In memoriam: Steven N. Clark
Steven Clark, assistant dean for diversity affairs and student leadership programs at the UW-Madison College of Engineering, died unexpectedly October 13. He was 44.
Clark joined the College of Engineering in 2006 and quickly established relationships with faculty, staff and students in the college and across campus. With his characteristic enthusiasm and vision, he developed and implemented a recruitment and retention model for underrepresented students.
Clark was instrumental in working with Rockwell Automation to fund five full-time College of Engineering scholarships for underrepresented students from the Milwaukee area.
In addition to enhancing fund-raising efforts for the College of Engineering Diversity Affairs Office (DAO), Clark increased connections with engineering alumni of color.
“Steve had great energy and enthusiasm for his work. It was apparent in everything he did. He was bringing that same enthusiasm to his work with our student leadership programs,” says College of Engineering Dean Paul Peercy. “He will be greatly missed.”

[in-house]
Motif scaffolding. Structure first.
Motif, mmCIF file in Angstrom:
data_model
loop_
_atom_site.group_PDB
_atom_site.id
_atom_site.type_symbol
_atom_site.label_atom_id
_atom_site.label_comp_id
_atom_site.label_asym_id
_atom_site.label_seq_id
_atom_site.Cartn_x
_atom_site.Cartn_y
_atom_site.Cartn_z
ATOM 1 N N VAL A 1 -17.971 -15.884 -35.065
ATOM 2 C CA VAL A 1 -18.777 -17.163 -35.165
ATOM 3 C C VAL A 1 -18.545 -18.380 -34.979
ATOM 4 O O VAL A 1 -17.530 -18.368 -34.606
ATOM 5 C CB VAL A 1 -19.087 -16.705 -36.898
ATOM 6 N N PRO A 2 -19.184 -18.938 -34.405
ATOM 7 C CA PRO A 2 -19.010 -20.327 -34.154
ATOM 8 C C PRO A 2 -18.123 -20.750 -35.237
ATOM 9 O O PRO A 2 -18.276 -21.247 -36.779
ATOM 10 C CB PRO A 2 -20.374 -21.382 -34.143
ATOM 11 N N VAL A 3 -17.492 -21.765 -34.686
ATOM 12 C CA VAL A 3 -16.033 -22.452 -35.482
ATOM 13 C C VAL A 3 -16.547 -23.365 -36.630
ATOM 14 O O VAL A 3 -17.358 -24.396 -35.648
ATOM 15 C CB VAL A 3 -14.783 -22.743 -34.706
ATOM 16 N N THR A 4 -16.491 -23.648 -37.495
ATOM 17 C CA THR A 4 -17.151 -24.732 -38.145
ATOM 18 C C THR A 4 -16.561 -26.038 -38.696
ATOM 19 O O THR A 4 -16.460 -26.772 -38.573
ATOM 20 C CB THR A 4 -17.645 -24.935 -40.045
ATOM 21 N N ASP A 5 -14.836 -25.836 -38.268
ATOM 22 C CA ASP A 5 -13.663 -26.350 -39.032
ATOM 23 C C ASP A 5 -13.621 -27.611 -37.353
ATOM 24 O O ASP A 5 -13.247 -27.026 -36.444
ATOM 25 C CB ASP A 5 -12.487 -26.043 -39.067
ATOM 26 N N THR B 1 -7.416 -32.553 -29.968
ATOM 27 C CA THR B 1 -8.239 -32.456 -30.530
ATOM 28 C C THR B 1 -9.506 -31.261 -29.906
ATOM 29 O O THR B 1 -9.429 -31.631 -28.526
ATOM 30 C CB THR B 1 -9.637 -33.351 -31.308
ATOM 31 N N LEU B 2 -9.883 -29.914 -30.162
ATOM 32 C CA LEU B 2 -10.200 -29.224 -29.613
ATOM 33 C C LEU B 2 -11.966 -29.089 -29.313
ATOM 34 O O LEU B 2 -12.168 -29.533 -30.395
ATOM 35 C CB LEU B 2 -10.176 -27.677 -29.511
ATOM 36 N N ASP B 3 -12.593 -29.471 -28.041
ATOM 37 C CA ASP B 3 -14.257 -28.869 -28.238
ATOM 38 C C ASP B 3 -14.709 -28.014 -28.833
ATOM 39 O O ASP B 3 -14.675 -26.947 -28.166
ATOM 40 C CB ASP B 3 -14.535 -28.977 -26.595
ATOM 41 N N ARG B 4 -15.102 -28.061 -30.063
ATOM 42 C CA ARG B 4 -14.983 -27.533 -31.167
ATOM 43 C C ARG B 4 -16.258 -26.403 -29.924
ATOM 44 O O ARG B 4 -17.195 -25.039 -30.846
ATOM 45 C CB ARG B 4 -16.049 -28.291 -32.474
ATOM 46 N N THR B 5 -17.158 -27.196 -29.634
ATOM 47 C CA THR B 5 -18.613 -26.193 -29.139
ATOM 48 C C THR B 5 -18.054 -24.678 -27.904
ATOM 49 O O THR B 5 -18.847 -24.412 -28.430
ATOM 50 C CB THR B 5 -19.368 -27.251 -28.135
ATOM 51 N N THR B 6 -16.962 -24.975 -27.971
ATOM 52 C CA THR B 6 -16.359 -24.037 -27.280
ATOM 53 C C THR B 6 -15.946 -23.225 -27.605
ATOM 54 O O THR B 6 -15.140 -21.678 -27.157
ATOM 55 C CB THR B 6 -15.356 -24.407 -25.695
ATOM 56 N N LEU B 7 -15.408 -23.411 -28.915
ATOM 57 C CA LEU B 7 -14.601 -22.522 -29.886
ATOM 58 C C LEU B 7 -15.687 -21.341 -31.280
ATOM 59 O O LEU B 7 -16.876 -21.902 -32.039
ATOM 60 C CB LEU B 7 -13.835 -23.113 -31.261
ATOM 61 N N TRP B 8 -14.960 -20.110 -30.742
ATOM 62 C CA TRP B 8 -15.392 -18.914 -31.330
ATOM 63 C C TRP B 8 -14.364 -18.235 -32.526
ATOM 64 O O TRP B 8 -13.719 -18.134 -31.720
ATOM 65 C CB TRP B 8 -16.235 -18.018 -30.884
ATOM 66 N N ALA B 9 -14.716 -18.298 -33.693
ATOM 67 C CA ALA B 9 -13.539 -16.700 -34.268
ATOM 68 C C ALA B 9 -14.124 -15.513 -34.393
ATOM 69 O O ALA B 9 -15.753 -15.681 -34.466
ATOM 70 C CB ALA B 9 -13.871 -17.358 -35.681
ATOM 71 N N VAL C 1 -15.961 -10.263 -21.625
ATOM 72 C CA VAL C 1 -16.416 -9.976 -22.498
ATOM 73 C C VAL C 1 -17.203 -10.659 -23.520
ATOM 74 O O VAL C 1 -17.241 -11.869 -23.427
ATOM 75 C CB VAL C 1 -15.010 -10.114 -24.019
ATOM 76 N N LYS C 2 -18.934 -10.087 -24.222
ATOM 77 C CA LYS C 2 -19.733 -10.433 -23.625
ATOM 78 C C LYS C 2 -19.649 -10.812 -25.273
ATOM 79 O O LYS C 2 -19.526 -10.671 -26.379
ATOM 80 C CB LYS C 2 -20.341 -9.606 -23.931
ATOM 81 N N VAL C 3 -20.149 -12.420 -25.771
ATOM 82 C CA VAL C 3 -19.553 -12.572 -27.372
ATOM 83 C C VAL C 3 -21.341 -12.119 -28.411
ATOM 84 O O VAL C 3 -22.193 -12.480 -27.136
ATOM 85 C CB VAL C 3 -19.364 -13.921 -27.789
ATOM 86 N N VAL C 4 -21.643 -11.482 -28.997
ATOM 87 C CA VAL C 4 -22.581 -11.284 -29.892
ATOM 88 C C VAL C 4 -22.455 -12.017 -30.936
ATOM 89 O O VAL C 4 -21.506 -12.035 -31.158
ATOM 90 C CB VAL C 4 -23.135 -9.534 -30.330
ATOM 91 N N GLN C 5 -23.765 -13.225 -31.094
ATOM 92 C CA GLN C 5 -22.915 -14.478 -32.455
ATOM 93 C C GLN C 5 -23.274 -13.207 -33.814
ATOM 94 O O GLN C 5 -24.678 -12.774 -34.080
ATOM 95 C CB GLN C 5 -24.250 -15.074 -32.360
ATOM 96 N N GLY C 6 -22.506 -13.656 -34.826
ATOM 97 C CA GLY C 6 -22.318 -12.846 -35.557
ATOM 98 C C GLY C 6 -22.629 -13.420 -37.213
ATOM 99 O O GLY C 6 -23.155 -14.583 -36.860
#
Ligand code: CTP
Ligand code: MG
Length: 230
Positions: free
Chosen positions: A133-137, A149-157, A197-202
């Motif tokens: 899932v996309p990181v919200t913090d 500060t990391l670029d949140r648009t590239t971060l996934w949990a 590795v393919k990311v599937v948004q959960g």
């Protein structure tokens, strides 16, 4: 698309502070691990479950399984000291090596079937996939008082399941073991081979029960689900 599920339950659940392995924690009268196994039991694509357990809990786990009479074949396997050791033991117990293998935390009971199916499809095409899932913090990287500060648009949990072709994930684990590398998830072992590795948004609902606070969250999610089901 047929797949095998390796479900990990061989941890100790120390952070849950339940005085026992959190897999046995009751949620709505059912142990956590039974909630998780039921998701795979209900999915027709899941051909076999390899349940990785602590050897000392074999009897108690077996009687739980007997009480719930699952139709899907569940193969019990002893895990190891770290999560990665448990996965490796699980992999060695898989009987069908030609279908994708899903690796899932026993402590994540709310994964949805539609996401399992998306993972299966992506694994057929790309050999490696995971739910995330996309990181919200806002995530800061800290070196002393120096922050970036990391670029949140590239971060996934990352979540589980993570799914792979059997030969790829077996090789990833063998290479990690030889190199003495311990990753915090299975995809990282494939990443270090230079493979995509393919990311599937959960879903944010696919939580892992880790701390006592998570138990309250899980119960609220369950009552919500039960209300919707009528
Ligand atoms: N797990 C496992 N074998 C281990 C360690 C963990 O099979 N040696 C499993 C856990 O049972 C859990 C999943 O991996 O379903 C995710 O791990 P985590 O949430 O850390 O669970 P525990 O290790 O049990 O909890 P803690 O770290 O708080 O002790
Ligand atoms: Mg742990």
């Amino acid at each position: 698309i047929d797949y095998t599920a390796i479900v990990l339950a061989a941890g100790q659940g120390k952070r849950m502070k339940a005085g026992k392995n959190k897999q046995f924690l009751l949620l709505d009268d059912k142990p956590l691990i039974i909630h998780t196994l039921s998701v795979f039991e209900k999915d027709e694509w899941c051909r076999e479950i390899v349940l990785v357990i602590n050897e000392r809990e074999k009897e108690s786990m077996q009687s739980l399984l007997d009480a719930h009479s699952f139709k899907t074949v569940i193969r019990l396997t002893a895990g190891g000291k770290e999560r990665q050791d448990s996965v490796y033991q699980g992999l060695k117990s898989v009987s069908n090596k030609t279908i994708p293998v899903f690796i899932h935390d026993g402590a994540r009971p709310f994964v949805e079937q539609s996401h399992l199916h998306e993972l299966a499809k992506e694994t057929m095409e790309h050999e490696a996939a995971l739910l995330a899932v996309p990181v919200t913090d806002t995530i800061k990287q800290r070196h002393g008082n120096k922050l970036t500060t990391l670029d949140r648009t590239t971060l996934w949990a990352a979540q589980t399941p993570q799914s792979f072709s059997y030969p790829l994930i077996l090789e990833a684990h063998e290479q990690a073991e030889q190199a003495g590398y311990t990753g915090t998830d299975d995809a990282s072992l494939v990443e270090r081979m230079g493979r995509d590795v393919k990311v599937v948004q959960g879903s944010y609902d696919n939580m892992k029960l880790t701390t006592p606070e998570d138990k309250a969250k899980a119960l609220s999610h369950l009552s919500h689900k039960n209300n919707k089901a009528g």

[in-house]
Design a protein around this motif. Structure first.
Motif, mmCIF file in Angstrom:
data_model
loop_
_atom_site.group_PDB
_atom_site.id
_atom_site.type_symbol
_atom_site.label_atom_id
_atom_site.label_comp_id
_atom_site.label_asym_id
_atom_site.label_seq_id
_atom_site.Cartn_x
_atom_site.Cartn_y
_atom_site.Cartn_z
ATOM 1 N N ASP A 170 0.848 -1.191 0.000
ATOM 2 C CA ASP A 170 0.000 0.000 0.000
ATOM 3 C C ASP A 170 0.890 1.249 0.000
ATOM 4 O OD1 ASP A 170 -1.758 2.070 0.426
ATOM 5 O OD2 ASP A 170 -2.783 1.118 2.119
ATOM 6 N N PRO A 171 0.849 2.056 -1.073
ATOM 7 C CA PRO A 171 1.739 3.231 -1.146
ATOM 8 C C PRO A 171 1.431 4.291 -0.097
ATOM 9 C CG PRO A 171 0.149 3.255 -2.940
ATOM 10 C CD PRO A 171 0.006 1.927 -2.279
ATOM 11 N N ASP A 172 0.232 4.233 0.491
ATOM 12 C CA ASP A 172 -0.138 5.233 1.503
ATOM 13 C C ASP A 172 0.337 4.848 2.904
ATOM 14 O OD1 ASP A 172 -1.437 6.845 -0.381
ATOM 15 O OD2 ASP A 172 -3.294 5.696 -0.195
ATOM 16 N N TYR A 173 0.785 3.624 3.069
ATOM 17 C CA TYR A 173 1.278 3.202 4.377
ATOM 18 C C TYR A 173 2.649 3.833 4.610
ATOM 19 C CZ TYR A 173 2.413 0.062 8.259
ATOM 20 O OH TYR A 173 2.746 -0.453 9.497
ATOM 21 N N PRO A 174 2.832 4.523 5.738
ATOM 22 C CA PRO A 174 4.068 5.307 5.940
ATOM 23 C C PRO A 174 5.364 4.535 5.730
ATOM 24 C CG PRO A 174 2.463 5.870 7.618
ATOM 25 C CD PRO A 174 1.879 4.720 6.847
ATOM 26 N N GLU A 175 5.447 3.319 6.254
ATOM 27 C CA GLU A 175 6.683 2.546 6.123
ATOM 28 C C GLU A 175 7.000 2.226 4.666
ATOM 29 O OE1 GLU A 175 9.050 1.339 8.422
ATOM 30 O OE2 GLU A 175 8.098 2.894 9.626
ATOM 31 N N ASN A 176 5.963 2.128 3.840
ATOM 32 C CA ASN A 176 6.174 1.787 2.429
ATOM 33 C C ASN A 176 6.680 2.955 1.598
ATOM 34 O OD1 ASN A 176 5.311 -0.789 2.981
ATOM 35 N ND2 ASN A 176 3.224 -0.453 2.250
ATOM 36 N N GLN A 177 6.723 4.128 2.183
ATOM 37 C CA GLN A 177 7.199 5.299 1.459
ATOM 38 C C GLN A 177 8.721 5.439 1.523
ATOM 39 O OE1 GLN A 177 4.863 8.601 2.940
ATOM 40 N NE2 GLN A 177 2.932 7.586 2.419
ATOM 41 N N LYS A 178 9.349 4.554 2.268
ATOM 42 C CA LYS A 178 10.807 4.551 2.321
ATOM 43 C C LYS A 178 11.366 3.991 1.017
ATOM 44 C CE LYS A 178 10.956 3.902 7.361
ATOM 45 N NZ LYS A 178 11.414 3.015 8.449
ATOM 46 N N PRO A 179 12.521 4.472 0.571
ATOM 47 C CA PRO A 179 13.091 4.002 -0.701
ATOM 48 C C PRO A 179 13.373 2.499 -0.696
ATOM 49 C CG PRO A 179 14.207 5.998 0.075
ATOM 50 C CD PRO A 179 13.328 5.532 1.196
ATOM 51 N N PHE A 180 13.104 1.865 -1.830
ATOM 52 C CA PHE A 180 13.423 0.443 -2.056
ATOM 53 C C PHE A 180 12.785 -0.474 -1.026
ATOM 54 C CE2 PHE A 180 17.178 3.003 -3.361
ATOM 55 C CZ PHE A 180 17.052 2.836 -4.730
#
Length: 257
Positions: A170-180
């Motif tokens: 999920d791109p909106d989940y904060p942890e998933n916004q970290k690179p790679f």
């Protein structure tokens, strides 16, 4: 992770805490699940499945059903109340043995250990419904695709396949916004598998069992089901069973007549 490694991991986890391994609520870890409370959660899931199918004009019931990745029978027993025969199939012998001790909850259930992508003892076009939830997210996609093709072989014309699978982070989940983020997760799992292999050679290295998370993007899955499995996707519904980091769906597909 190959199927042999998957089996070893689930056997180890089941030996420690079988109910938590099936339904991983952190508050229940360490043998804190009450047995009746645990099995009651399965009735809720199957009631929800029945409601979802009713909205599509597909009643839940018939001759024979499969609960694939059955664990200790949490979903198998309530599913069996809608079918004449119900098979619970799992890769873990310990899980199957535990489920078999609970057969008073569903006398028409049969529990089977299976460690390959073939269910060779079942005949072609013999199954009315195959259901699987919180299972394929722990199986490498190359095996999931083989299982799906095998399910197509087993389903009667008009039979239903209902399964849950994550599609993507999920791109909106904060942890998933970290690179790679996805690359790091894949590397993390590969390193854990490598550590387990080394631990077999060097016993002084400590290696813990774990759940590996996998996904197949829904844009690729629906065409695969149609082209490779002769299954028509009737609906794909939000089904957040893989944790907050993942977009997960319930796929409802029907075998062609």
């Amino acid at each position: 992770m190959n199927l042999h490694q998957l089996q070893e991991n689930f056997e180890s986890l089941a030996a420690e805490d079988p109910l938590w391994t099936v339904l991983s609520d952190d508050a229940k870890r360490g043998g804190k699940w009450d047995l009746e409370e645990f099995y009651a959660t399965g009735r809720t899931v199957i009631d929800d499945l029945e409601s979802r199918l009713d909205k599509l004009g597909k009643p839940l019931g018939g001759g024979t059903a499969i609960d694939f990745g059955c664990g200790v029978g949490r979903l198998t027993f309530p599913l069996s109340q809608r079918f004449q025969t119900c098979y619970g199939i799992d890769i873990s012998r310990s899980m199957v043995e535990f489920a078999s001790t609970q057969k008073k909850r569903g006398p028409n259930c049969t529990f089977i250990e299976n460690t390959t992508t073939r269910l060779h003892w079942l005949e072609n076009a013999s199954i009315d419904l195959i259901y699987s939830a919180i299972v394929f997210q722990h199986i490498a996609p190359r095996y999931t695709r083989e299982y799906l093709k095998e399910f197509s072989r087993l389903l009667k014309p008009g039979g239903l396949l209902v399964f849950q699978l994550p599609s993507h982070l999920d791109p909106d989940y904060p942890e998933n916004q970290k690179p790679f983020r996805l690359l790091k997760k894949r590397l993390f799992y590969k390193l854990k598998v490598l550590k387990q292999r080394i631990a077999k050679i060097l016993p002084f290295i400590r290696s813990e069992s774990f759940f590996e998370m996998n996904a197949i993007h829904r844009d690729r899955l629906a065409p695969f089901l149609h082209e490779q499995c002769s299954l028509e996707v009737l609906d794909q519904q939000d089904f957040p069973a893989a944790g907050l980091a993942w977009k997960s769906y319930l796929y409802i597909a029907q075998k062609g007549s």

Clark embarked on his career in minority affairs with a graduate internship at Xavier University in 1987. In 1988 he served Miami University in Oxford, Ohio, as a residence hall and freshman advisor. From 1988 to 1996, he advised, supervised and created programs and training as the assistant director of minority affairs at Central Michigan University. He was appointed director of the Department of Multicultural Student Affairs at the University of Miami, Florida, in 1996 and served there before joining the UW-Madison College of Engineering.
He received many awards citing his outstanding contributions as an advisor, role model, administrator and humanitarian. Most recently, the UW-Madison Polygon Engineering Council, which represents the engineering student body, named Clark recipient of its Diversity in Education Award.
“Steve was fond of a quote from Mahatma Gandhi, who said, ‘You must be the change you wish to see in the world.’ Steve believed that and lived it every day,” says Damon Williams, UW-Madison assistant vice provost for diversity and climate.
Clark is survived by family members in the Chicago area and friends and colleagues throughout the country.
A scholarship fund has been established in Clark’s name. To donate securely online, visit www.uwfoundation.wisc.edu/giving?seq=6915.